You know how certain family members tell the same stories at every family gathering? And it’s all you can do to keep from rolling your eyes and drifting off into a carb-induced coma? This chapter from Lessons from My Father may give you a new perspective about the stories you’ve heard a hundred times…
Mining the Past
It is in the last days that you have stored up your treasure!
James 5: 3b
I gazed at the black and white photograph in the ornate standing frame. “Jolene, that’s your dad,” Mom informed me.
“No, sir, Mom. That’s a girl. Quit fooling.” The picture of the wide-faced child with chin length blond curls confirmed my opinion. “Look, Mom, she’s wearing a ruffled shirt. That’s not my dad.”
“Yes, it is, Jolene. Look at the short pants. That has to be a boy. Girls only wore dresses back then.”
“Mom, you’re teasing. Cut it out.”
“I’m telling the truth. Take the picture and go ask your dad if you don’t believe me.”
I grabbed the picture and headed for the kitchen where Dad and Clarence, our neighbor, were drinking coffee. “Dad,” I budged in, interrupting their conversation with childish self-righteousness. “Look at this picture.” I was brimming with eight-year-old superiority. I knew I was about to prove my mother wrong. “Mom thinks this is a picture of you. She’s crazy, huh?” My eyes moved from the picture to his face, awaiting his agreement. “That’s a picture of a girl, right?”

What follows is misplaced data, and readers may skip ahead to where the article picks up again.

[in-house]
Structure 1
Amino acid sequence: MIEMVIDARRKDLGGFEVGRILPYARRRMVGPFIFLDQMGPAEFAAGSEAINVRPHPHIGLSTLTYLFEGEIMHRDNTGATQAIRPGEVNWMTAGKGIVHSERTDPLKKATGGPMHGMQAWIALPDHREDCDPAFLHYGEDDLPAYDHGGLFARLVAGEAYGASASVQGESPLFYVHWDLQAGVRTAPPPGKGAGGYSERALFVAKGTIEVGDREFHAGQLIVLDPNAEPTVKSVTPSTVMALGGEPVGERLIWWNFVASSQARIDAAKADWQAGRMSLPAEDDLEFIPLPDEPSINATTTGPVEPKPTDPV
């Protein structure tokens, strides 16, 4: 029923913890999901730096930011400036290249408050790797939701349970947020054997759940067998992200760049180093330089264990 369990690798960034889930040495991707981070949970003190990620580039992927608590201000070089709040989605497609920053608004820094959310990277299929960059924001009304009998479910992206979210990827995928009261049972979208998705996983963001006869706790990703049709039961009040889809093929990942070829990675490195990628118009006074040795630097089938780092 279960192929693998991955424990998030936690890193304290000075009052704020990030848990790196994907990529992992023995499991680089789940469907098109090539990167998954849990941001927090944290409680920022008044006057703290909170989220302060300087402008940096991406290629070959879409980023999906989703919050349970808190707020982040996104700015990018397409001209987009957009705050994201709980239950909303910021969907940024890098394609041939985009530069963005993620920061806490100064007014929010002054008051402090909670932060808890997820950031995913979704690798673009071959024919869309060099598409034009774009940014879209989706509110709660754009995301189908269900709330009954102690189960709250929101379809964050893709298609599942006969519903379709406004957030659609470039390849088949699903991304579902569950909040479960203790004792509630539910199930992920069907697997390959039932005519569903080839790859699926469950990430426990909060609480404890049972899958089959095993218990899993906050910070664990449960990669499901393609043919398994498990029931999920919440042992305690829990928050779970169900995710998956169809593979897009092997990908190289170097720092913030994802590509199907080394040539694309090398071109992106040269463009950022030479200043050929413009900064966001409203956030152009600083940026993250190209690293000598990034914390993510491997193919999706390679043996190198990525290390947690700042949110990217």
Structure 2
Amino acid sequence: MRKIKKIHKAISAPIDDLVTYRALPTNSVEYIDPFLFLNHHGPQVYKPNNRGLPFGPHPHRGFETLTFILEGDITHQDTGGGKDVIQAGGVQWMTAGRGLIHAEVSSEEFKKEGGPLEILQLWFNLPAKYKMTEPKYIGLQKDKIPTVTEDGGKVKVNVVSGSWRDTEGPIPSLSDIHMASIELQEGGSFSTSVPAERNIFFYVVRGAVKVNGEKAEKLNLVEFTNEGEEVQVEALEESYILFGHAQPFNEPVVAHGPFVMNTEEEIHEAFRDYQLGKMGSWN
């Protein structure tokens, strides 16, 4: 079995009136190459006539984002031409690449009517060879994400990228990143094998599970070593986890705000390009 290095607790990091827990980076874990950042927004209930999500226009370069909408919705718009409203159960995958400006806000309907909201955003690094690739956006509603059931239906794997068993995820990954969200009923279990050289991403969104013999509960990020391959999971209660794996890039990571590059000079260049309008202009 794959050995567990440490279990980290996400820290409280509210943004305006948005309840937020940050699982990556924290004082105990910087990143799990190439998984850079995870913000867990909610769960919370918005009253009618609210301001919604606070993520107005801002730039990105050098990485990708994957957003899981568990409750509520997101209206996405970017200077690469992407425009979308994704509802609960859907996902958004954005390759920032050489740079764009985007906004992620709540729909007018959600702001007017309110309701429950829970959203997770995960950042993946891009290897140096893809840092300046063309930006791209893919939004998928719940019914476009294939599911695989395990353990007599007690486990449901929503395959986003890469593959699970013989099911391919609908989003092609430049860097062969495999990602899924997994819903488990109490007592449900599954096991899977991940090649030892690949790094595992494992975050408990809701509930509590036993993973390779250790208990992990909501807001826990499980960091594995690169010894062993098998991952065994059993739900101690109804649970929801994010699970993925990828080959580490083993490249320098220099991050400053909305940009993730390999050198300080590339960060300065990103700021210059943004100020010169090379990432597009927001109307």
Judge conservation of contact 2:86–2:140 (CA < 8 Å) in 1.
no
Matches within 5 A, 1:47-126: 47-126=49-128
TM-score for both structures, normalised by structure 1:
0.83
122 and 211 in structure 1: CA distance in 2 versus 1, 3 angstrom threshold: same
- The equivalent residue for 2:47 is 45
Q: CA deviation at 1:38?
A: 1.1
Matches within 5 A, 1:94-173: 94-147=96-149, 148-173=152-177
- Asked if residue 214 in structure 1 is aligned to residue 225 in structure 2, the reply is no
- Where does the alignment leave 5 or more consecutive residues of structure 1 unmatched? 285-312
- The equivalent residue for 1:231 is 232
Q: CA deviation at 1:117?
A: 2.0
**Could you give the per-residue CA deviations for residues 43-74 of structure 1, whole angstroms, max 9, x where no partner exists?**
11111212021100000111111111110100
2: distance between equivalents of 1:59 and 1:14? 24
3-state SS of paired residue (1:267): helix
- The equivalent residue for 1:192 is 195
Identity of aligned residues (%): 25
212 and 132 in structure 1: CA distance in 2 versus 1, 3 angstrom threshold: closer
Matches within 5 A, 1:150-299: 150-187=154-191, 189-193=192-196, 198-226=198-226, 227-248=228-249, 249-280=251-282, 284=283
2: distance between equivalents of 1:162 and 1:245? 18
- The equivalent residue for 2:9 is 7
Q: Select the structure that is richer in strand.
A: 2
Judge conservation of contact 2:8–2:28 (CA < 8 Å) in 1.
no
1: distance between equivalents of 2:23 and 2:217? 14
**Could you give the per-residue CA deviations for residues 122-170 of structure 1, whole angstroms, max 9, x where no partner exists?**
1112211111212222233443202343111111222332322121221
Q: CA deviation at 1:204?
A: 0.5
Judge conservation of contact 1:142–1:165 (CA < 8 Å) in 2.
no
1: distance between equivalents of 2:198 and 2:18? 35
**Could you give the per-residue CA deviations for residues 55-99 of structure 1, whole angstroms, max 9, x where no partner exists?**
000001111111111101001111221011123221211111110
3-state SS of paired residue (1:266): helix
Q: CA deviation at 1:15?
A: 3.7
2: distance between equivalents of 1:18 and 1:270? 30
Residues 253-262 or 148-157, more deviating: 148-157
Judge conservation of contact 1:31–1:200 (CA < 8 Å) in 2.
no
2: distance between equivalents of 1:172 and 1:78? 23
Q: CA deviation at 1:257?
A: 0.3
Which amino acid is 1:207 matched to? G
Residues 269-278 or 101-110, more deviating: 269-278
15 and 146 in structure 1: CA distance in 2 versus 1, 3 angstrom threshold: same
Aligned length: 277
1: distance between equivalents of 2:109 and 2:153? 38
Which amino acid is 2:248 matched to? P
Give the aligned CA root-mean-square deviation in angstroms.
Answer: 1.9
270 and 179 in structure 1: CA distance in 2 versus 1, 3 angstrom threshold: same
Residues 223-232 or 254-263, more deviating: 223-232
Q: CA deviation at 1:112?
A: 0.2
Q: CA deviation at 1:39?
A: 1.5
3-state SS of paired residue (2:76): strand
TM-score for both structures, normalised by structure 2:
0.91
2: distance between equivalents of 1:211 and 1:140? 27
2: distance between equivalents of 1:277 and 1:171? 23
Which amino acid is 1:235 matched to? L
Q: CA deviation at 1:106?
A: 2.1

His eyes crinkled and his face contorted into a sheepish grin. “Well, Jo-Jo, I hate to admit it, but this time your mother is right. That is me.”
I was speechless as I looked from picture to person and back again. My thoughts were racing. Blond curls to straight brown hair…can’t be. Ruffled shirt, RUFFLED SHIRT to plaid flannel…impossible. Smooth, white cheeks to blackish whiskers…no. And from short little pants to farmer trousers…no way. I found my voice. “Dad, how could ya let your mom dress you like a sissy?”